2.3 Implementing requirements using machine learning (ML)
Practical guidance - automotive
Author: Dr Daniele Martini, University of Oxford
A diverse dataset
One of the primary contributions of the SAX demonstrator project is the collection of a variegate dataset that includes different combinations of scenes -- urban, rural and off-road -- and hazards -- mixed driving surfaces, adverse weather conditions and presence of other actors. Our broad sensor suite comprises sensors traditionally exploited for AVs and uncommonly-used sensors that show great promise in challenging scenarios. Indeed, we collect cameras, LiDARS, GPS/INS, radar, audio and all the internal states of the vehicle. The different situations contained in the dataset will give us a deeper understanding of the behaviour of the sensors under such conditions, highlighting not only the strengths but especially the limitations. Thus, the aim is first to understand these limitations and overcome them by either fusing the information that the sensors provide in a mutually beneficial way or establishing optimal sensing schedules indicating the most reliable modality to use in each situation.
Figure 1. Vehicle Platform and Sensor Suite and the location in the UK for the collection sites.
Regardless of its dimension and breadth, no dataset can cover all possible operational scenarios an AV can encounter during its working life. Some domain shifts will always be present when deploying an AV in a new environment. Moreover, labelling is a very time-consuming and expensive process, and, as such, it is impractical to annotate every single sensor sample for every task at hand.
We foresee generative approaches as a viable way to tackle the lack of enough data or labels in specific situations and scenarios. They provide a way to synthesise -- i.e. create -- ad hoc new training data that the AV never experienced during the data collection. Nevertheless, these new hallucinated scenes can benefit the training process since they can represent situations the deployed AV will face during its operation.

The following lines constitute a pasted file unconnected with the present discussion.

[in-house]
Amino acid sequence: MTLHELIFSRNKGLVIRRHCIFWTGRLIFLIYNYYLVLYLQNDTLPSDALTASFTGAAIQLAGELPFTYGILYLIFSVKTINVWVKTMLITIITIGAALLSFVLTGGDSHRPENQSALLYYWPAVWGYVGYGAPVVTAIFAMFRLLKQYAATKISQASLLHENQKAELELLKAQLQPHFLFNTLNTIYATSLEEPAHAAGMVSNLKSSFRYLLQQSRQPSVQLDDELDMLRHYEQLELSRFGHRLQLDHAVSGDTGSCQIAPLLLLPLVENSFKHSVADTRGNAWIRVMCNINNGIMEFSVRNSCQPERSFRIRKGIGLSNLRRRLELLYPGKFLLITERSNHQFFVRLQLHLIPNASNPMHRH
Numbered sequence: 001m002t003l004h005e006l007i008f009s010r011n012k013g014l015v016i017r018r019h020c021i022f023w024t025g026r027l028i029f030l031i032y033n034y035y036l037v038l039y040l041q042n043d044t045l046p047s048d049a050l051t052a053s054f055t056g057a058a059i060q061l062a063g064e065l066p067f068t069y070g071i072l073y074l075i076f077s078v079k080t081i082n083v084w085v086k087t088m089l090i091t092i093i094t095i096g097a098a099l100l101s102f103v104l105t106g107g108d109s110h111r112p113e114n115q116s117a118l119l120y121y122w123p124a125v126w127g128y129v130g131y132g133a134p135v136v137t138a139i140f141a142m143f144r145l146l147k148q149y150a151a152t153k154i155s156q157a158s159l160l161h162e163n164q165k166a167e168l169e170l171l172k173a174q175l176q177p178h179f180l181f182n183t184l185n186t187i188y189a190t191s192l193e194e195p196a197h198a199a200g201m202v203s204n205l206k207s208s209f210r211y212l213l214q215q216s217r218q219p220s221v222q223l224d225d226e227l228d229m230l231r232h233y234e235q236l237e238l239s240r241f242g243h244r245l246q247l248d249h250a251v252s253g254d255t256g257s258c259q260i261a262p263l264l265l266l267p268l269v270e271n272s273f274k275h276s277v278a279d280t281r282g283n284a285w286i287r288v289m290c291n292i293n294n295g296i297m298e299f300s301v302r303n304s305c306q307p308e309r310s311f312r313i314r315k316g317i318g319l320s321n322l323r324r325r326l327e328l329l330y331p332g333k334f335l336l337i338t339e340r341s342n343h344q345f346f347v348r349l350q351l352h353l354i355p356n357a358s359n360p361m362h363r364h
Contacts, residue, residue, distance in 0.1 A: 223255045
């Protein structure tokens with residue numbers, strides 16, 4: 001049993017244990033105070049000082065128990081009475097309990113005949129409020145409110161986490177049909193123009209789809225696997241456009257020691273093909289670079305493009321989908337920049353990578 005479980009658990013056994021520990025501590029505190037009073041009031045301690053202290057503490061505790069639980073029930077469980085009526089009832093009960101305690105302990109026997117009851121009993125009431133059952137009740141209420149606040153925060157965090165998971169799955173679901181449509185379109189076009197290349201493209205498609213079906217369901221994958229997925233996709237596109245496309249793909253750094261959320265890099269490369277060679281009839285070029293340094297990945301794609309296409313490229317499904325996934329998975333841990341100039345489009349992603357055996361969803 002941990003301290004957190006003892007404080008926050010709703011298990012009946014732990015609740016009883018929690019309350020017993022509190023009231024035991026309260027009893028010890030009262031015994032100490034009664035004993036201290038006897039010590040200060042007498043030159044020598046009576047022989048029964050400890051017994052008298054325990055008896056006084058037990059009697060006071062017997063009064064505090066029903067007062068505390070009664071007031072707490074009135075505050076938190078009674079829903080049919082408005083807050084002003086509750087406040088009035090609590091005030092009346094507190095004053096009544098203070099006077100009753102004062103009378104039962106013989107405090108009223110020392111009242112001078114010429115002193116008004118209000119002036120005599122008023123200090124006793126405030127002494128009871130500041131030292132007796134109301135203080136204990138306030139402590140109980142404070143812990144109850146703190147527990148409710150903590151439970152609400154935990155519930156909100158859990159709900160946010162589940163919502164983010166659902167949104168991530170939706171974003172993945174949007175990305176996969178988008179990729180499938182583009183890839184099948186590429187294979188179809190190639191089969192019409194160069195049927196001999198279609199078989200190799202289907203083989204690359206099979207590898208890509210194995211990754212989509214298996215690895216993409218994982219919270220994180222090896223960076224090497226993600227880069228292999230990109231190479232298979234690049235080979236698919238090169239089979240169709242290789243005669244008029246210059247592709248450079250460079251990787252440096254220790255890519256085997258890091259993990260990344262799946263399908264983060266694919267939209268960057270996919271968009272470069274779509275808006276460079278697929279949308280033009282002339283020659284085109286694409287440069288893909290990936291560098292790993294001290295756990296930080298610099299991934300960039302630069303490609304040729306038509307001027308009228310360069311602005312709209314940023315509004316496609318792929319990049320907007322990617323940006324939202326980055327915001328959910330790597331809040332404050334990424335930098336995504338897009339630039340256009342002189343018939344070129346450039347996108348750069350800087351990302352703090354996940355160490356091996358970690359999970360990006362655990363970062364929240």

Figure 2. A generative approach  is applied to synthesise an entirely new scene (right) from the segmentation mask (left) or an actual image (centre).
Figure 3. A generative approach  is applied to synthesising new weather conditions of the same scene.
Labelling is a costly and time-consuming task, especially for sensing modalities less natural for human operators, e.g. radar data. We can exploit the time and spatial constraints that our scenarios can offer. More specifically, the AVs move in a smooth world, where objects and other agents are consistent in time -- they move smoothly, as does the AV -- and space -- the AV will perceive the same things through different sensing modalities in the same portion of space.
Weakly-supervised learning approaches exploit these constraints to augment the provided labels by either projecting one sensor on top of another or retaining labels through time, significantly increasing the number of available annotations with many -- although imperfect due to the minor, unavoidable inconsistencies -- new samples.
Figures 4 and 5 show two examples of weakly-supervised approaches applied to the radar domain: in figure 4, camera and laser data are projected into the radar scan to create automatic annotations for urban segmentation ; figure 5, instead, shows audio labels drawn into a radar scan using the odometry to segment the road surface .
Figure 4. A radar scan (left) is labelled using camera and lidar data (centre) for training a semantic segmentation pipeline (right) .
Figure 5. Audio data is used to label a radar scan (left) for training a semantic segmentation pipeline (right) to distinguish between road surfaces .
Verification of the learned model
Substantially, we provide ground-truth labels for different tasks to train and validate state-of-the-art algorithms, to highlight their strengths and weaknesses in diverse operating scenarios. We include object detection/segmentation, drivable surface segmentation, odometry and decisions taken from a human driver. Such accurate ground-truth signals on different sensors, scenarios, and tasks will help assess sensors’ performances and approaches in specific operations.
In summary, we present an overview of AV training requirements and approaches to tackle the lack of specific sensing combinations or labels. Ideally, we would like our vehicles to be deployable and performant in any situation. The sensing capability of the AV plays a critical role, and to evaluate the suitability of specific sensors in specific scenarios, we collected a dataset with broad combinations of environments and weather conditions. Nevertheless, no dataset can cover any possible situation an AV deployed in the wild can face and provide all the labels needed for any training pipeline. For this reason, we propose to expand the training procedure through generative approaches -- to synthesise new training scenes, never experienced by the AV -- and weakly or unlabelled data.
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